More better butter
I was in a fabulous Indian grocery store today stocking up on ingredients to take my new Made In India cookbook for a spin. Fresh curry leaves: check. Coconut milk: check. Paneer: check. Butter: what?
There’s such a thing as Indian butter? Yippee! I grabbed a block to add to my ever growing collection of unusual butters. Like there’s no more room in the butter bin for another stick right now.
This is my ever expanding butter collection at the moment. The Desi is the Indian butter I just picked up. I also have Amish butter, Alfresco small-batch butter, Kate’s creamery butter from Maine and Vermont cultured butter (made by adding imported European cultures to the cream to enhance sweetness and add a subtle tang). And I’m fresh out of my favorite President’s butter from France and runner up Kerrygold butter from Ireland.
Can I tell the difference from one butter to the next? Sometimes. I can definitely tell the difference between these premium butters and the garden-variety Land O’ Lakes at the grocery store. They’re all richer and denser. I keep a stick of butter on the counter at all times. Regular butter softens considerably. These premium butters never do.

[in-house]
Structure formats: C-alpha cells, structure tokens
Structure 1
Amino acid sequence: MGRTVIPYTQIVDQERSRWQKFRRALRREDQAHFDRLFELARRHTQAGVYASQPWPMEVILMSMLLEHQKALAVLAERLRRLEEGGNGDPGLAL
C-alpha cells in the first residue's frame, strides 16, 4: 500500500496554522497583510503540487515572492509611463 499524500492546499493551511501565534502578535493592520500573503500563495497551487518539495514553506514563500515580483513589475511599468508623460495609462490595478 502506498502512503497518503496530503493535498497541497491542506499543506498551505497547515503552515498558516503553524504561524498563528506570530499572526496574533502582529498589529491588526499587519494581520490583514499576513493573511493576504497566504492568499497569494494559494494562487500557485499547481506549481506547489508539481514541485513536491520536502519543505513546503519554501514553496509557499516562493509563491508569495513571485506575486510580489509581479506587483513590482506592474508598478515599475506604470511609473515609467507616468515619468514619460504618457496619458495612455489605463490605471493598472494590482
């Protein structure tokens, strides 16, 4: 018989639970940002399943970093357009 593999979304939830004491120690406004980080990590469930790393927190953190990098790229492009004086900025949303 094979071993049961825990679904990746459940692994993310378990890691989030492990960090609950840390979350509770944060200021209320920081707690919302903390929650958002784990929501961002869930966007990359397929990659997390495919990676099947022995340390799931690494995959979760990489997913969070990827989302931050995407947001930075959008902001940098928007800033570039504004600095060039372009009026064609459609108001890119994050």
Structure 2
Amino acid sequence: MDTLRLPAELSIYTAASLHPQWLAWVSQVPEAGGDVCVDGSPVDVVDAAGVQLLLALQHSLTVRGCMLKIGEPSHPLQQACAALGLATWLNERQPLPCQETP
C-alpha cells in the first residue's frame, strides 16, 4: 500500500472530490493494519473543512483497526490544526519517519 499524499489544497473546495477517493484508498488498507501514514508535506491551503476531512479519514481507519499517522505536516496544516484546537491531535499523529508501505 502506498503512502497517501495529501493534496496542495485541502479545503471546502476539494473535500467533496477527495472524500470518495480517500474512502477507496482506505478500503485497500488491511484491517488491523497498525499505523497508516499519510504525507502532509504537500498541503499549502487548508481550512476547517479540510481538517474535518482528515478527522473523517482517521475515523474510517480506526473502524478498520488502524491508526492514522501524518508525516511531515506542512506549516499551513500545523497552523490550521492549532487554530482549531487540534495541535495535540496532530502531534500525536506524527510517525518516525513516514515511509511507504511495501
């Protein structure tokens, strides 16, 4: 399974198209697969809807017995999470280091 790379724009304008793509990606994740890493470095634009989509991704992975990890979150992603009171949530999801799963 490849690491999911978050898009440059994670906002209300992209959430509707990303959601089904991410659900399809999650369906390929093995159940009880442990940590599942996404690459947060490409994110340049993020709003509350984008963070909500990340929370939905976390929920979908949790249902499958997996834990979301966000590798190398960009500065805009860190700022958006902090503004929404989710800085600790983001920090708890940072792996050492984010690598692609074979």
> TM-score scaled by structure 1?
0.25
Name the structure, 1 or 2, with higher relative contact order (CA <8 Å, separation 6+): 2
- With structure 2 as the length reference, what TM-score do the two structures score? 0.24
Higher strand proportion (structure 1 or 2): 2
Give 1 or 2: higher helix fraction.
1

Another big difference is the tang you get from butter made from the cream of grass-fed cows.
Maybe I’m over-compensating for a childhood in which the only product in the butter bin was Mazola margarine made from corn oil and plastic derivatives. I’m lying. I have no idea if margarine has plastic derivatives. But it tastes like it does.
So just to give you but one example of why butter is always better is making a compound butter to melt over a steak. I keep a couple varieties in my freezer at all times. Here’s a favorite.
1 stick of butter, softened
1 ½ tablespoons minced red onion
1 tablespoon minced fresh parsley
Juice of ½ lemon
1 tablespoon Cajun rub
Dash of Tabasco
Combine all the compound butter ingredients in a bowl. Put the butter on a piece of plastic wrap and shape it into a log. Wrap securely and refrigerate until the butter hardens.